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Hedgehog highways in housing estates in Spalding, Holbeach, Long Sutton, Crowland and Donington could be one way to rewild South Holland



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Hedgehog highways and wild flower meadows could be some of the ways in which South Holland will be ‘rewilded’.

Lincolnshire Wildlife Trust is appealing for communities to come forward with potential projects which could receive a share of £5million.

The trust, which is working with other groups, received £5million from the National Lottery Trust Heritage Fund for a project to create community-led rewilding projects as a lasting natural legacy in honour of the Queen’s Platinum Jubilee.

Hedgehog highways could be one way to rewild South Holland
Hedgehog highways could be one way to rewild South Holland

Matthew Capper, head of public engagement and communications at the trust, is hoping communities across South Holland will step forward with potential projects.

He said: “We live in a world that is vastly nature depleted. The UK is one of the most nature depleted countries in the world.

“We want to bring nature back.

“The two keys to transformation is to change the way we manage and farm the land and for people to make small changes to their homes and gardens to help nature.”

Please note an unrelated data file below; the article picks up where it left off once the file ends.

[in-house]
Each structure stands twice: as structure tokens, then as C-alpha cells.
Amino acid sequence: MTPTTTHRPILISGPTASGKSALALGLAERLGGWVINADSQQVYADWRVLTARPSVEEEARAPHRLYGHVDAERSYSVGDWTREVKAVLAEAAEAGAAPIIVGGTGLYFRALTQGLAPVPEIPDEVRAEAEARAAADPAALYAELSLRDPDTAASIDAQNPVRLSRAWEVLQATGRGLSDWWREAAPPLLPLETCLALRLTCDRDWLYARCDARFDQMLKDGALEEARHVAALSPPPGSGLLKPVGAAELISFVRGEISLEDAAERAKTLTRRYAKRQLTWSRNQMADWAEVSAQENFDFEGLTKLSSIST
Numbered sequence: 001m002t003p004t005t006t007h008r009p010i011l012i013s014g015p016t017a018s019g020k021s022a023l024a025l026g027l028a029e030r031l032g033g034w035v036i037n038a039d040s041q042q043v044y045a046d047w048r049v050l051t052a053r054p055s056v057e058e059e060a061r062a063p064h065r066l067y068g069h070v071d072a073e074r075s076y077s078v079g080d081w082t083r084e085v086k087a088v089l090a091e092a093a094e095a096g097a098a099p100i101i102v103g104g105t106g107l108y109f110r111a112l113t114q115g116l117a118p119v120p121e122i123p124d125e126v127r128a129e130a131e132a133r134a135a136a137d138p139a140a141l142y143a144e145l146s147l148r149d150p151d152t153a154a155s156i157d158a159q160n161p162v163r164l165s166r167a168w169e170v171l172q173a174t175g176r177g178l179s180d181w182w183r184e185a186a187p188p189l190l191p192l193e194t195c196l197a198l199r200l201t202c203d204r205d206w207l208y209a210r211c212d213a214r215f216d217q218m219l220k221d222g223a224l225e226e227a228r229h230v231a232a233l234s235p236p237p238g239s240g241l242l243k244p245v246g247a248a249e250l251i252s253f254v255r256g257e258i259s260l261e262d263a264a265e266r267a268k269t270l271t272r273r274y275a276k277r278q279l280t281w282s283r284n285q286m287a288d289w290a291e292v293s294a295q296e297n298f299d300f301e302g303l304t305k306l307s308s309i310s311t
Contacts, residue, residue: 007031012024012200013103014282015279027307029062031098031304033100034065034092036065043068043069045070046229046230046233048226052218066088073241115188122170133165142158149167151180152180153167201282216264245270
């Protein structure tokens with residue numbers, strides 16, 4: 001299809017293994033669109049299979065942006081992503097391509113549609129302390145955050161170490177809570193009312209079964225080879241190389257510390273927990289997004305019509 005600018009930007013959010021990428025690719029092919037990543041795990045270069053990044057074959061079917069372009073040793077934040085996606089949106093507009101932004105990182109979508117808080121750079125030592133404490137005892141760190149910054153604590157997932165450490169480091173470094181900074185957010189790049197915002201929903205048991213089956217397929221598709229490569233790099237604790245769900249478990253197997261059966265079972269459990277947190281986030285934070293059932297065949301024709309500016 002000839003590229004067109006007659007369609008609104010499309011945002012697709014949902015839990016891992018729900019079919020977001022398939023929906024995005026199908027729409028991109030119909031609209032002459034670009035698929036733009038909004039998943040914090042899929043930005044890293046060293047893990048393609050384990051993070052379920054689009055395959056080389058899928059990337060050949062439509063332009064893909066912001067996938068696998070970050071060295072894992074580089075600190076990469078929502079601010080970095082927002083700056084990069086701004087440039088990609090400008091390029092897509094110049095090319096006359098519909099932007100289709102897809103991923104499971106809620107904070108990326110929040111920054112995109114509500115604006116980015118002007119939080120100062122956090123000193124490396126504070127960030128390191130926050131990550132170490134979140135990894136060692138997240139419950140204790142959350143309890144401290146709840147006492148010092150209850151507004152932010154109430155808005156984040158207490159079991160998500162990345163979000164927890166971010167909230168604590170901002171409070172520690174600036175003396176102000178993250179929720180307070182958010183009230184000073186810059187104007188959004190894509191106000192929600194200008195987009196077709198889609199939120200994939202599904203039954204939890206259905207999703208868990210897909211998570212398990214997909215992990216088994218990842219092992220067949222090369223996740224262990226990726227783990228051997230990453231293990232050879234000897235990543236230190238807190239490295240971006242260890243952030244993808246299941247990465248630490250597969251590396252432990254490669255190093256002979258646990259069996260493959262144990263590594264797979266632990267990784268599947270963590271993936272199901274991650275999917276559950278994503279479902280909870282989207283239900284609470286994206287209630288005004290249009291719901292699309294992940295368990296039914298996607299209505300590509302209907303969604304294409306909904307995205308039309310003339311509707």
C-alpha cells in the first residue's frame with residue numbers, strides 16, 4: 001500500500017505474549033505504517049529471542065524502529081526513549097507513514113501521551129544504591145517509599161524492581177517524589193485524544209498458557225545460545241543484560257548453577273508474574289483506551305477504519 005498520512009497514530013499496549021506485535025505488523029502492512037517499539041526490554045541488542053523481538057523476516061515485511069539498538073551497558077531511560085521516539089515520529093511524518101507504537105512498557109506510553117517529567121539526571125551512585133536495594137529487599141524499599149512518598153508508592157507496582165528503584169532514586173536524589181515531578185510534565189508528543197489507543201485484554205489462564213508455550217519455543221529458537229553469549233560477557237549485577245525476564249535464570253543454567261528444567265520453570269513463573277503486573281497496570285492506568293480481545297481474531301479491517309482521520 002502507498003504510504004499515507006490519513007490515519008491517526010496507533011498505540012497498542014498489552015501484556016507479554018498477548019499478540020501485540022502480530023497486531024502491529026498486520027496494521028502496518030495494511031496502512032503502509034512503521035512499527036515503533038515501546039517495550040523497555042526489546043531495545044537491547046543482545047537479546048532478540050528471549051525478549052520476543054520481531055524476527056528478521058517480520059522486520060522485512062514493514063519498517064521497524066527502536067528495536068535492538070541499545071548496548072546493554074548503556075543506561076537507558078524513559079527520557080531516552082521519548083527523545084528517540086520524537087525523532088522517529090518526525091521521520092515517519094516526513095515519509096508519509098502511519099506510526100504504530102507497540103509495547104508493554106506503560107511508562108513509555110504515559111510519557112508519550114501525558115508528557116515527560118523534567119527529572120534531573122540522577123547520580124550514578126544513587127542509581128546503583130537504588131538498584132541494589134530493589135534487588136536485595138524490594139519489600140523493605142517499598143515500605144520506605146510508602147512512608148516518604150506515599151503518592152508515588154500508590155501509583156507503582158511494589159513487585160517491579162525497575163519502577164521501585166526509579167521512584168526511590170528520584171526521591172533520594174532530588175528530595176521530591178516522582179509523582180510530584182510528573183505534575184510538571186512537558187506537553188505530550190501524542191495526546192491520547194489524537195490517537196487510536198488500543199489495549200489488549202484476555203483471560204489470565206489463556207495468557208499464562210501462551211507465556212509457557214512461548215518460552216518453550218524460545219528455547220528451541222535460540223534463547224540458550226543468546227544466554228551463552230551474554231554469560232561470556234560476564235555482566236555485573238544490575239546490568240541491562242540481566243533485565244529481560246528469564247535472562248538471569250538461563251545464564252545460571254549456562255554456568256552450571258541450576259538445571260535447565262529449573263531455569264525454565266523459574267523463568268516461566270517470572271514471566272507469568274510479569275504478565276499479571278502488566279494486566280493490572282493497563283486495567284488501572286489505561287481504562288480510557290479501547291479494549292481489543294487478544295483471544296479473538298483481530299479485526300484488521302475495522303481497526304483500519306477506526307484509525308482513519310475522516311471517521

Mr Capper is now hoping to hear from neighbourhoods or communities who would be interested to lead on projects, which will have a lasting legacy to help nature recover.

He said that ‘connectivity’ is key for nature in urban environments such as homes in an estate providing a ‘hedgehog highway’ with a small hole in the fences to allow these animals space to roam.

Ponds or wild flowers planted on strips around a community green space are other ideas along with nest boxes.

Mr Capper said projects like this would help ‘common’ species of wildlife that have seen their numbers depleted - and that it wouldn’t take long for improvements to have an impact.

He said: “We have a million hedgehogs in this country but we used to have millions.

“We think we have around 2 million skylarks but it just to be 10 million.

“Since England won the World Cup in 1966 we have lost 55million birds from the British countryside. That is the bird equivalent of the population of England.

“Little things can make a big impact and there is a collective impact of everyone making a small stop that is good for wildlife.

“That feeling of seeing nature and wildlife is good for us.”

For more information or to nominate your community go to www.wildlifetrusts.org/nextdoor-nature



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